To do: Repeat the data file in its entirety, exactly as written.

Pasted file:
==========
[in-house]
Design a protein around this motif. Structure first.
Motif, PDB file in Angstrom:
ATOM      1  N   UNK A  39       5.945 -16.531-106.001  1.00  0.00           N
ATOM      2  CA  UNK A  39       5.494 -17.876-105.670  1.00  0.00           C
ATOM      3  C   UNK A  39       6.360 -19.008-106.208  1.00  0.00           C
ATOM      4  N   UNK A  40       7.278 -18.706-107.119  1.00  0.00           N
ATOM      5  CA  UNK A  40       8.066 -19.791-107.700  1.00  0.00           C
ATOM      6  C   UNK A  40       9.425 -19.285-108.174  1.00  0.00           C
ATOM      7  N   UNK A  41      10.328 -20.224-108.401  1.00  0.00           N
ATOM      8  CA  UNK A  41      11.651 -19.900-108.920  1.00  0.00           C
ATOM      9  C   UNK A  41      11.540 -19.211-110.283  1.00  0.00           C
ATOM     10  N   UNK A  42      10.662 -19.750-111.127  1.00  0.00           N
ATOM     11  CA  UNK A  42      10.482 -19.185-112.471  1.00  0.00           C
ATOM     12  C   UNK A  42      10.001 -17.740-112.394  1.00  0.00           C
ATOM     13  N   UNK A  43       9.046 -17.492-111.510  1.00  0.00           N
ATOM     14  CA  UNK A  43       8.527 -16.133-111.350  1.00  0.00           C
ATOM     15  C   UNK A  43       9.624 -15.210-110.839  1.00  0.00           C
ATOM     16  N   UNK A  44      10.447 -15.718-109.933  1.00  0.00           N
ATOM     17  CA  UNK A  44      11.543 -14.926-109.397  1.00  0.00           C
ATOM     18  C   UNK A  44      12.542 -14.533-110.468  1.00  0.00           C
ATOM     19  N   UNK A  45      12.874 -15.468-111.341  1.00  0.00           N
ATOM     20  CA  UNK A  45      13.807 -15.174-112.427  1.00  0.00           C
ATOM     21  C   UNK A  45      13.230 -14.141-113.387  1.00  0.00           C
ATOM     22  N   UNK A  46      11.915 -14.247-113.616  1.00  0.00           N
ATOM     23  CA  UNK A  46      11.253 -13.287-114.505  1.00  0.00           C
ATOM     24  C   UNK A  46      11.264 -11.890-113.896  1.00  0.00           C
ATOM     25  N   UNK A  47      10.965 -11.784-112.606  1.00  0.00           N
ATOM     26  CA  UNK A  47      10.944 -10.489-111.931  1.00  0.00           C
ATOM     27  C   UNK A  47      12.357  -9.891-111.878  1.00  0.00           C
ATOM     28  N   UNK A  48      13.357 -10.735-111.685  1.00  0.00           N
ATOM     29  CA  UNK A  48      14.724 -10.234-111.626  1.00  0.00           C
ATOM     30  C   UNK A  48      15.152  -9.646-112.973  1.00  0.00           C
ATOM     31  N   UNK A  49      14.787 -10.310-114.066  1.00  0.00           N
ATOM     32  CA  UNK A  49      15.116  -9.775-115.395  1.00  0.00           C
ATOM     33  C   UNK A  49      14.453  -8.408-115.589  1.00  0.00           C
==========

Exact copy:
[in-house]
Design a protein around this motif. Structure first.
Motif, PDB file in Angstrom:
ATOM      1  N   UNK A  39       5.945 -16.531-106.001  1.00  0.00           N
ATOM      2  CA  UNK A  39       5.494 -17.876-105.670  1.00  0.00           C
ATOM      3  C   UNK A  39       6.360 -19.008-106.208  1.00  0.00           C
ATOM      4  N   UNK A  40       7.278 -18.706-107.119  1.00  0.00           N
ATOM      5  CA  UNK A  40       8.066 -19.791-107.700  1.00  0.00           C
ATOM      6  C   UNK A  40       9.425 -19.285-108.174  1.00  0.00           C
ATOM      7  N   UNK A  41      10.328 -20.224-108.401  1.00  0.00           N
ATOM      8  CA  UNK A  41      11.651 -19.900-108.920  1.00  0.00           C
ATOM      9  C   UNK A  41      11.540 -19.211-110.283  1.00  0.00           C
ATOM     10  N   UNK A  42      10.662 -19.750-111.127  1.00  0.00           N
ATOM     11  CA  UNK A  42      10.482 -19.185-112.471  1.00  0.00           C
ATOM     12  C   UNK A  42      10.001 -17.740-112.394  1.00  0.00           C
ATOM     13  N   UNK A  43       9.046 -17.492-111.510  1.00  0.00           N
ATOM     14  CA  UNK A  43       8.527 -16.133-111.350  1.00  0.00           C
ATOM     15  C   UNK A  43       9.624 -15.210-110.839  1.00  0.00           C
ATOM     16  N   UNK A  44      10.447 -15.718-109.933  1.00  0.00           N
ATOM     17  CA  UNK A  44      11.543 -14.926-109.397  1.00  0.00           C
ATOM     18  C   UNK A  44      12.542 -14.533-110.468  1.00  0.00           C
ATOM     19  N   UNK A  45      12.874 -15.468-111.341  1.00  0.00           N
ATOM     20  CA  UNK A  45      13.807 -15.174-112.427  1.00  0.00           C
ATOM     21  C   UNK A  45      13.230 -14.141-113.387  1.00  0.00           C
ATOM     22  N   UNK A  46      11.915 -14.247-113.616  1.00  0.00           N
ATOM     23  CA  UNK A  46      11.253 -13.287-114.505  1.00  0.00           C
ATOM     24  C   UNK A  46      11.264 -11.890-113.896  1.00  0.00           C
ATOM     25  N   UNK A  47      10.965 -11.784-112.606  1.00  0.00           N
ATOM     26  CA  UNK A  47      10.944 -10.489-111.931  1.00  0.00           C
ATOM     27  C   UNK A  47      12.357  -9.891-111.878  1.00  0.00           C
ATOM     28  N   UNK A  48      13.357 -10.735-111.685  1.00  0.00           N
ATOM     29  CA  UNK A  48      14.724 -10.234-111.626  1.00  0.00           C
ATOM     30  C   UNK A  48      15.152  -9.646-112.973  1.00  0.00           C
ATOM     31  N   UNK A  49      14.787 -10.310-114.066  1.00  0.00           N
ATOM     32  CA  UNK A  49      15.116  -9.775-115.395  1.00  0.00           C
ATOM     33  C   UNK A  49      14.453  -8.408-115.589  1.00  0.00           C